As someone who has to use the human service system because I often have to take temporary jobs rather than permanent ones, I hope when they cut the money it is actual waste. I am very afraid they will start cutting services to people instead. What we need is very simple: bus and train routes to places in the suburbs with the jobs and also having during the day bus access in these places, so we can do interviews. We need training in specific areas, so us temporary workers can get permanent jobs. Did you know 40% of the work force is temporary? It never used to be that high. After the recession I have only been able to get temporary work. Before the recession I had two jobs which were permanent ones. It would help to process applications faster and to inform people when they need to apply elsewhere. I applied for Medical Assistance in February and then they changed over to a new system in April. You used to go through the county. Now you have to go through MNSure. I was not able to call Human Services until after my temp. job ended at the end of May because we did not have phones on your desk. Even with a cell phone, there was little time to call with two 15 minute breaks and half hour for lunch. They told me I had to apply via MNsure and told me to go to Briva Health for help, which was very smart thing to do. They know how to navigate the system. Most people would not have their knowledge of the system. I had to apply at the beginning of June. Still have not heard yet when I will be getting it. With unemployment it takes so long for you to get it after you apply because they give the employer 10 days to respond. When employers respond right away, it helps the person applying. You get it so much faster. When the employer does not respond, then you have to wait. I actually sent them a copy of a prin out of an e-mail showing I asked for another assignment. They have the contact information of the agency. They could call the agency to speed up the process, but they wait for the employer. This is where they should change the system and contact them. It would help a lot.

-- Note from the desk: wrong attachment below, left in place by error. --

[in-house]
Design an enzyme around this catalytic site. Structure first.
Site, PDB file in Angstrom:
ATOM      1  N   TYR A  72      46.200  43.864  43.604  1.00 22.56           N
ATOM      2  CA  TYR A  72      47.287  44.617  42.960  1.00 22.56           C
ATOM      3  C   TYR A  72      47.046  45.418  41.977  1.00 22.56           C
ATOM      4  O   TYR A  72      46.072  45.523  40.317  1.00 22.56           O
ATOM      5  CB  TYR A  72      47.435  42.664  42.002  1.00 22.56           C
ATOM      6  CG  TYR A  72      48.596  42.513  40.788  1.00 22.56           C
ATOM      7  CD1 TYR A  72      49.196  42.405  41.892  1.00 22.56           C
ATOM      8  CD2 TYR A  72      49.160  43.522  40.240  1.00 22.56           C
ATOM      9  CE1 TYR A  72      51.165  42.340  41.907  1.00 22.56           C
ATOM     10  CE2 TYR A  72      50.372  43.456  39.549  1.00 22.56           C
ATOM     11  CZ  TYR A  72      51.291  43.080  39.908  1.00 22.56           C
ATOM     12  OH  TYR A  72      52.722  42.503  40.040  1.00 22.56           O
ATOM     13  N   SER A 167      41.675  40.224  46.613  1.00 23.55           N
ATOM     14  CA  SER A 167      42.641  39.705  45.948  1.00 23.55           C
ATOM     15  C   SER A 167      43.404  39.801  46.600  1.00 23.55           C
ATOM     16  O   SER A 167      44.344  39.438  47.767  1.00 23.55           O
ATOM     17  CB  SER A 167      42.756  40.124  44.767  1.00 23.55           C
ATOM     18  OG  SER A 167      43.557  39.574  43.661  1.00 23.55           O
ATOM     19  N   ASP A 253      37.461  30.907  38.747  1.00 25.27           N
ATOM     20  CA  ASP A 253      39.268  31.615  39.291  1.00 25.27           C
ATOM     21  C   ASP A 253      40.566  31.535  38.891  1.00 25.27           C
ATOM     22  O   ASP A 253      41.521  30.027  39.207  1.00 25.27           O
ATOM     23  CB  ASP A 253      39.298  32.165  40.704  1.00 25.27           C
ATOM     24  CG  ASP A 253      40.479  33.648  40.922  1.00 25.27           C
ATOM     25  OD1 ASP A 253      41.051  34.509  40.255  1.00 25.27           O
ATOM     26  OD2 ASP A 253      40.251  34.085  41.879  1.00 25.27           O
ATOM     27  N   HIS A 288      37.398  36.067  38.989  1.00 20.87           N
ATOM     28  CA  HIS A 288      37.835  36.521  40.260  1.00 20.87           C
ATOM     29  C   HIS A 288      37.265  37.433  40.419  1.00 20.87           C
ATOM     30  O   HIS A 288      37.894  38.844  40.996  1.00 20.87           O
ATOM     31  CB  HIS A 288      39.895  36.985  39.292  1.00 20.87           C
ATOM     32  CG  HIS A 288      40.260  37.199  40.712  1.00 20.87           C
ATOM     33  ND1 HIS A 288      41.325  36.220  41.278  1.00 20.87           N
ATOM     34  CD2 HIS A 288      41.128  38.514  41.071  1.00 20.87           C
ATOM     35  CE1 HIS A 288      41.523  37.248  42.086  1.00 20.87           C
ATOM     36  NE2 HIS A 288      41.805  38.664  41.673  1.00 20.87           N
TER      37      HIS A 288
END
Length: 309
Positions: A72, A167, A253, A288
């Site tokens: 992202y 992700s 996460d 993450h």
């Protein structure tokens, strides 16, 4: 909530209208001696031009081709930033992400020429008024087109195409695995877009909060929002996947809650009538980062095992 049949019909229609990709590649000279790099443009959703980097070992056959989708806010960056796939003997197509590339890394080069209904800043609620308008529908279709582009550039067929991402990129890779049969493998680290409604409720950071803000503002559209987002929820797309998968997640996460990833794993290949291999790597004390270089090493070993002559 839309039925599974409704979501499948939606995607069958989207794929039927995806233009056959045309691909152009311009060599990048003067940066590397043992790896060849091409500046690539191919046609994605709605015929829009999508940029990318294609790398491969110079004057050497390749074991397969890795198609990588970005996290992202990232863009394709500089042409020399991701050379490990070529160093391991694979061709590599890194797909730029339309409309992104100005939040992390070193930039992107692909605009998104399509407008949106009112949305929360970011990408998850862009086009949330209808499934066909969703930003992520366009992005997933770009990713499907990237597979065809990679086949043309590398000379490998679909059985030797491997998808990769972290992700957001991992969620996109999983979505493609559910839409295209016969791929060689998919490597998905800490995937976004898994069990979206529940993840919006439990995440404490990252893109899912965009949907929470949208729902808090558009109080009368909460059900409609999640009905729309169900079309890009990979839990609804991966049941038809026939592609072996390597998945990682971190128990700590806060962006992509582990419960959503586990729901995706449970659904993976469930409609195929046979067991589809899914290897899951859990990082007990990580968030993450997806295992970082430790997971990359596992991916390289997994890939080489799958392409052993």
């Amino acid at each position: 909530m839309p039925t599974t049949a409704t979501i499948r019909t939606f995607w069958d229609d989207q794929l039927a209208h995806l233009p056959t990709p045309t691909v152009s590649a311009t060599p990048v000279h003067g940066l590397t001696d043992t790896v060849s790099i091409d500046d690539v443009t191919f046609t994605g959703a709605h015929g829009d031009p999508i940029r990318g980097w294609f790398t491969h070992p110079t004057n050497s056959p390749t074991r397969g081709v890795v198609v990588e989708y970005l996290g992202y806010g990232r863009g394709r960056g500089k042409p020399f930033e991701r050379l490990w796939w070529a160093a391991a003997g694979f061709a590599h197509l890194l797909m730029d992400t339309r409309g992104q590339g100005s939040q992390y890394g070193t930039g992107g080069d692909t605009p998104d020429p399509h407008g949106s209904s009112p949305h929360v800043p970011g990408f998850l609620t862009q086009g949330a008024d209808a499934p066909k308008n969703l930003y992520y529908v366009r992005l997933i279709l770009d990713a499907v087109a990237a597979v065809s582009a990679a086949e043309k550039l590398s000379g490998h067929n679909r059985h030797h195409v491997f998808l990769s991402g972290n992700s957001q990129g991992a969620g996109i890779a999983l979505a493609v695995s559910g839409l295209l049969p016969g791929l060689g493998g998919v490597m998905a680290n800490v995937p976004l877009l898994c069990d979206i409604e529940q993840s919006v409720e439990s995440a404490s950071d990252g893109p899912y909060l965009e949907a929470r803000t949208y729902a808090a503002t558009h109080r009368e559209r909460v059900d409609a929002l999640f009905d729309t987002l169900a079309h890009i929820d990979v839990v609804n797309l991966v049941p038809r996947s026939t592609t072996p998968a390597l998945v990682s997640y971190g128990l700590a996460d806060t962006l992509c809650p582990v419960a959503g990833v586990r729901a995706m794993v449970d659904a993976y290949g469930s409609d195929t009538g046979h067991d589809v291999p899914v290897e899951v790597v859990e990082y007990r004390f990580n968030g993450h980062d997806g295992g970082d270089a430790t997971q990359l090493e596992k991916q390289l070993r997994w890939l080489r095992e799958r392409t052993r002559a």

7. Submitted by Terry Frawley on 06/26/2019 - 06:51 pm.